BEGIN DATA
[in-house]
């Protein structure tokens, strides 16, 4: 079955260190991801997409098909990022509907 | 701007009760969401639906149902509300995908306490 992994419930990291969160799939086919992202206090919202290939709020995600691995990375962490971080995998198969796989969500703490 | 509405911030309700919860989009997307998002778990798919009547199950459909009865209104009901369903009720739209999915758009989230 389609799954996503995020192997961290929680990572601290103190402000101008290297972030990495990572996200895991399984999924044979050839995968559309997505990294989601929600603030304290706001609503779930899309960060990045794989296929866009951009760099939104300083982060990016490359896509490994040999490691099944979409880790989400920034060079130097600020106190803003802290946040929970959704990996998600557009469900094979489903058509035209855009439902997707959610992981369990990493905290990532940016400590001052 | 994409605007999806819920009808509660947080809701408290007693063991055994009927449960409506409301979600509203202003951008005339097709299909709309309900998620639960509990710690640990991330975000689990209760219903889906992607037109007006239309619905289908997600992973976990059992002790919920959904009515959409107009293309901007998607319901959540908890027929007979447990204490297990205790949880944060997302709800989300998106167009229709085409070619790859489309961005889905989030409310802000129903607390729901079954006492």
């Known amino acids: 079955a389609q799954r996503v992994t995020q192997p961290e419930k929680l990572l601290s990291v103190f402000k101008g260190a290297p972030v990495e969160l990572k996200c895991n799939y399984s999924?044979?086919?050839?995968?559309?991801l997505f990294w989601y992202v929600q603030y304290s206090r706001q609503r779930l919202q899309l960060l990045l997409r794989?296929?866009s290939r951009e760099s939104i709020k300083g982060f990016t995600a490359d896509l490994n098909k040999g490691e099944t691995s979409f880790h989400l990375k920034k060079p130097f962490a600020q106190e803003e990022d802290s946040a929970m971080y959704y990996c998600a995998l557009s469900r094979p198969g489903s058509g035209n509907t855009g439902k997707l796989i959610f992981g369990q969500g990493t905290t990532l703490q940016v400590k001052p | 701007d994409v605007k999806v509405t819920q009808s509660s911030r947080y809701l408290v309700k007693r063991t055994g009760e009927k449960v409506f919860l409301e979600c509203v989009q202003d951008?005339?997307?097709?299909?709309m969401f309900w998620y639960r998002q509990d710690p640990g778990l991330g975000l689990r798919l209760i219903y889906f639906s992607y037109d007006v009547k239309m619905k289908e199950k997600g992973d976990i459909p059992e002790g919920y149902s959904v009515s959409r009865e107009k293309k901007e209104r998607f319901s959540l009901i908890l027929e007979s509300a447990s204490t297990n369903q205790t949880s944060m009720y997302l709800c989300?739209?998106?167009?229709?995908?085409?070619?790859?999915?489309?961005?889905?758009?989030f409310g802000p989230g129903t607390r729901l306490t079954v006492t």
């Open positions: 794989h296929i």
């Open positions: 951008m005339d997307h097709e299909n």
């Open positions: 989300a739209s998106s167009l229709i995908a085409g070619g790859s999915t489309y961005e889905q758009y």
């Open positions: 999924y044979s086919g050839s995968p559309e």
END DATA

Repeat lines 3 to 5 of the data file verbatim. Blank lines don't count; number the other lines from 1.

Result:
């Known amino acids: 079955a389609q799954r996503v992994t995020q192997p961290e419930k929680l990572l601290s990291v103190f402000k101008g260190a290297p972030v990495e969160l990572k996200c895991n799939y399984s999924?044979?086919?050839?995968?559309?991801l997505f990294w989601y992202v929600q603030y304290s206090r706001q609503r779930l919202q899309l960060l990045l997409r794989?296929?866009s290939r951009e760099s939104i709020k300083g982060f990016t995600a490359d896509l490994n098909k040999g490691e099944t691995s979409f880790h989400l990375k920034k060079p130097f962490a600020q106190e803003e990022d802290s946040a929970m971080y959704y990996c998600a995998l557009s469900r094979p198969g489903s058509g035209n509907t855009g439902k997707l796989i959610f992981g369990q969500g990493t905290t990532l703490q940016v400590k001052p | 701007d994409v605007k999806v509405t819920q009808s509660s911030r947080y809701l408290v309700k007693r063991t055994g009760e009927k449960v409506f919860l409301e979600c509203v989009q202003d951008?005339?997307?097709?299909?709309m969401f309900w998620y639960r998002q509990d710690p640990g778990l991330g975000l689990r798919l209760i219903y889906f639906s992607y037109d007006v009547k239309m619905k289908e199950k997600g992973d976990i459909p059992e002790g919920y149902s959904v009515s959409r009865e107009k293309k901007e209104r998607f319901s959540l009901i908890l027929e007979s509300a447990s204490t297990n369903q205790t949880s944060m009720y997302l709800c989300?739209?998106?167009?229709?995908?085409?070619?790859?999915?489309?961005?889905?758009?989030f409310g802000p989230g129903t607390r729901l306490t079954v006492t």
């Open positions: 794989h296929i």
């Open positions: 951008m005339d997307h097709e299909n």